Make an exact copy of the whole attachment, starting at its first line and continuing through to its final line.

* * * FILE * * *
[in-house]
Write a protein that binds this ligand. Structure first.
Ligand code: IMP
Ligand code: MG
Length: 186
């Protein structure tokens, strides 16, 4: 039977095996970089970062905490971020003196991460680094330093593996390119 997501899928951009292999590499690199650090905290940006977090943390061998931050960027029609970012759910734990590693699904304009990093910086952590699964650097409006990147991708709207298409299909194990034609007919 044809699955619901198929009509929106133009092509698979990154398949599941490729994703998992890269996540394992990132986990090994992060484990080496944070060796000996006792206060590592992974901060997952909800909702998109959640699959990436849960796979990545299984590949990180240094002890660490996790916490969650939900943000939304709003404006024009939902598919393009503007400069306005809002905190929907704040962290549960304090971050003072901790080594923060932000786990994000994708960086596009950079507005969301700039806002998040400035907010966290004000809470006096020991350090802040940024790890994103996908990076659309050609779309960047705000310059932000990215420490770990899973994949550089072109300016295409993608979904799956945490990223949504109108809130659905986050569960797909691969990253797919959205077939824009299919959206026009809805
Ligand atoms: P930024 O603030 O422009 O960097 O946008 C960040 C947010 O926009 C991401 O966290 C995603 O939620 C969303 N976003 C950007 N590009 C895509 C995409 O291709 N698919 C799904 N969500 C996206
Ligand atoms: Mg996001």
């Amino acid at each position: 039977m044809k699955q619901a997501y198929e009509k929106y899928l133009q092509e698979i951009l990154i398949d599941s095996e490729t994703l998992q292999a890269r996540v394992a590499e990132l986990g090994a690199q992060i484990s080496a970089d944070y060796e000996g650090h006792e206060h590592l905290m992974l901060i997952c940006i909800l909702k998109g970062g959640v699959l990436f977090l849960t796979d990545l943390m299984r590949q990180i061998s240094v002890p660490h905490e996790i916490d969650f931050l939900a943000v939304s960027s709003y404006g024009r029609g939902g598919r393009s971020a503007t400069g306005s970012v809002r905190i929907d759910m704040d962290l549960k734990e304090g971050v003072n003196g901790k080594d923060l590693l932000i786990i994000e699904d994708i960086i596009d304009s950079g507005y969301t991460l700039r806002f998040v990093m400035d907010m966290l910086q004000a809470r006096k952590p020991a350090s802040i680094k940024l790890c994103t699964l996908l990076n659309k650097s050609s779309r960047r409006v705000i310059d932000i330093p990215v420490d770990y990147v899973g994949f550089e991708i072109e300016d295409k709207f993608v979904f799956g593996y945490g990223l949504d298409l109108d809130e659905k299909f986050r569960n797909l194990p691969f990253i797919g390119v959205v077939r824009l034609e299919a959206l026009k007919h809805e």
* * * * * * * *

[in-house]
Write a protein that binds this ligand. Structure first.
Ligand code: IMP
Ligand code: MG
Length: 186
């Protein structure tokens, strides 16, 4: 039977095996970089970062905490971020003196991460680094330093593996390119 997501899928951009292999590499690199650090905290940006977090943390061998931050960027029609970012759910734990590693699904304009990093910086952590699964650097409006990147991708709207298409299909194990034609007919 044809699955619901198929009509929106133009092509698979990154398949599941490729994703998992890269996540394992990132986990090994992060484990080496944070060796000996006792206060590592992974901060997952909800909702998109959640699959990436849960796979990545299984590949990180240094002890660490996790916490969650939900943000939304709003404006024009939902598919393009503007400069306005809002905190929907704040962290549960304090971050003072901790080594923060932000786990994000994708960086596009950079507005969301700039806002998040400035907010966290004000809470006096020991350090802040940024790890994103996908990076659309050609779309960047705000310059932000990215420490770990899973994949550089072109300016295409993608979904799956945490990223949504109108809130659905986050569960797909691969990253797919959205077939824009299919959206026009809805
Ligand atoms: P930024 O603030 O422009 O960097 O946008 C960040 C947010 O926009 C991401 O966290 C995603 O939620 C969303 N976003 C950007 N590009 C895509 C995409 O291709 N698919 C799904 N969500 C996206
Ligand atoms: Mg996001």
């Amino acid at each position: 039977m044809k699955q619901a997501y198929e009509k929106y899928l133009q092509e698979i951009l990154i398949d599941s095996e490729t994703l998992q292999a890269r996540v394992a590499e990132l986990g090994a690199q992060i484990s080496a970089d944070y060796e000996g650090h006792e206060h590592l905290m992974l901060i997952c940006i909800l909702k998109g970062g959640v699959l990436f977090l849960t796979d990545l943390m299984r590949q990180i061998s240094v002890p660490h905490e996790i916490d969650f931050l939900a943000v939304s960027s709003y404006g024009r029609g939902g598919r393009s971020a503007t400069g306005s970012v809002r905190i929907d759910m704040d962290l549960k734990e304090g971050v003072n003196g901790k080594d923060l590693l932000i786990i994000e699904d994708i960086i596009d304009s950079g507005y969301t991460l700039r806002f998040v990093m400035d907010m966290l910086q004000a809470r006096k952590p020991a350090s802040i680094k940024l790890c994103t699964l996908l990076n659309k650097s050609s779309r960047r409006v705000i310059d932000i330093p990215v420490d770990y990147v899973g994949f550089e991708i072109e300016d295409k709207f993608v979904f799956g593996y945490g990223l949504d298409l109108d809130e659905k299909f986050r569960n797909l194990p691969f990253i797919g390119v959205v077939r824009l034609e299919a959206l026009k007919h809805e």